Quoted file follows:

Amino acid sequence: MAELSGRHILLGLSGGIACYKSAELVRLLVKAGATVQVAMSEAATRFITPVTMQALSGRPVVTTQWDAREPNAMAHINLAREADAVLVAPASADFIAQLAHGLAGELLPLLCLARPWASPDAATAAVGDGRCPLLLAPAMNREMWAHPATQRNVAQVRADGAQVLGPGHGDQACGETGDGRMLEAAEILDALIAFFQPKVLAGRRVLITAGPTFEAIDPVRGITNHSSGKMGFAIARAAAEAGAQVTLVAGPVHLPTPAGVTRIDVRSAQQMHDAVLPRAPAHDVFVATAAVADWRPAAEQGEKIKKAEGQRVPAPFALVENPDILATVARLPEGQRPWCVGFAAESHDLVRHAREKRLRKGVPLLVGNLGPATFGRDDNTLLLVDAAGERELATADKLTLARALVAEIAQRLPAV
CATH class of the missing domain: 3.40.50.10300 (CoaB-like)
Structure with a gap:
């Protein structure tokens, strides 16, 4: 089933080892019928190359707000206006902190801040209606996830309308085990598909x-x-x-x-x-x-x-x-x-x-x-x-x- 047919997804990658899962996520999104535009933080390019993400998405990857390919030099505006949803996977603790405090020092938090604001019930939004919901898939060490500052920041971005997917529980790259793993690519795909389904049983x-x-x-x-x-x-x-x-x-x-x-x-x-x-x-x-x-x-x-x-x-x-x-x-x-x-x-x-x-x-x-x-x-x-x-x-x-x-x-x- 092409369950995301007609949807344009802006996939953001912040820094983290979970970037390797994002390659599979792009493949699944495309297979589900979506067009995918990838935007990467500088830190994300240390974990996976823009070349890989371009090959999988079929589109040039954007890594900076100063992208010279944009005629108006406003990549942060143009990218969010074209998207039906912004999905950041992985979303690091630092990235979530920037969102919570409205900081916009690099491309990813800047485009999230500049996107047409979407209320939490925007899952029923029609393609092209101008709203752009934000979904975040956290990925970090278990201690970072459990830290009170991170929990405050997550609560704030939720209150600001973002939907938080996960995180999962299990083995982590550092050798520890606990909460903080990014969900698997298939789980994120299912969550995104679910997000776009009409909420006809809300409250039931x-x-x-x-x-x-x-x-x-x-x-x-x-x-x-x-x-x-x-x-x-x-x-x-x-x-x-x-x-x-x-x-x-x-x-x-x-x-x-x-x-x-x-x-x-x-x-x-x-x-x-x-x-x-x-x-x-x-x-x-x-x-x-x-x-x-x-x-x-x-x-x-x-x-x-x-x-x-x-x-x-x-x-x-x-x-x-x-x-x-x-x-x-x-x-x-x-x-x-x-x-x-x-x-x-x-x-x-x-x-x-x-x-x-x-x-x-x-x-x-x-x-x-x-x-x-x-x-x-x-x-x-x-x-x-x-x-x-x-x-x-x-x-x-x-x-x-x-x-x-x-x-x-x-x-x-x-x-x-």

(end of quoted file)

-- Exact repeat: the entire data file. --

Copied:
Amino acid sequence: MAELSGRHILLGLSGGIACYKSAELVRLLVKAGATVQVAMSEAATRFITPVTMQALSGRPVVTTQWDAREPNAMAHINLAREADAVLVAPASADFIAQLAHGLAGELLPLLCLARPWASPDAATAAVGDGRCPLLLAPAMNREMWAHPATQRNVAQVRADGAQVLGPGHGDQACGETGDGRMLEAAEILDALIAFFQPKVLAGRRVLITAGPTFEAIDPVRGITNHSSGKMGFAIARAAAEAGAQVTLVAGPVHLPTPAGVTRIDVRSAQQMHDAVLPRAPAHDVFVATAAVADWRPAAEQGEKIKKAEGQRVPAPFALVENPDILATVARLPEGQRPWCVGFAAESHDLVRHAREKRLRKGVPLLVGNLGPATFGRDDNTLLLVDAAGERELATADKLTLARALVAEIAQRLPAV
CATH class of the missing domain: 3.40.50.10300 (CoaB-like)
Structure with a gap:
């Protein structure tokens, strides 16, 4: 089933080892019928190359707000206006902190801040209606996830309308085990598909x-x-x-x-x-x-x-x-x-x-x-x-x- 047919997804990658899962996520999104535009933080390019993400998405990857390919030099505006949803996977603790405090020092938090604001019930939004919901898939060490500052920041971005997917529980790259793993690519795909389904049983x-x-x-x-x-x-x-x-x-x-x-x-x-x-x-x-x-x-x-x-x-x-x-x-x-x-x-x-x-x-x-x-x-x-x-x-x-x-x-x- 092409369950995301007609949807344009802006996939953001912040820094983290979970970037390797994002390659599979792009493949699944495309297979589900979506067009995918990838935007990467500088830190994300240390974990996976823009070349890989371009090959999988079929589109040039954007890594900076100063992208010279944009005629108006406003990549942060143009990218969010074209998207039906912004999905950041992985979303690091630092990235979530920037969102919570409205900081916009690099491309990813800047485009999230500049996107047409979407209320939490925007899952029923029609393609092209101008709203752009934000979904975040956290990925970090278990201690970072459990830290009170991170929990405050997550609560704030939720209150600001973002939907938080996960995180999962299990083995982590550092050798520890606990909460903080990014969900698997298939789980994120299912969550995104679910997000776009009409909420006809809300409250039931x-x-x-x-x-x-x-x-x-x-x-x-x-x-x-x-x-x-x-x-x-x-x-x-x-x-x-x-x-x-x-x-x-x-x-x-x-x-x-x-x-x-x-x-x-x-x-x-x-x-x-x-x-x-x-x-x-x-x-x-x-x-x-x-x-x-x-x-x-x-x-x-x-x-x-x-x-x-x-x-x-x-x-x-x-x-x-x-x-x-x-x-x-x-x-x-x-x-x-x-x-x-x-x-x-x-x-x-x-x-x-x-x-x-x-x-x-x-x-x-x-x-x-x-x-x-x-x-x-x-x-x-x-x-x-x-x-x-x-x-x-x-x-x-x-x-x-x-x-x-x-x-x-x-x-x-x-x-x-």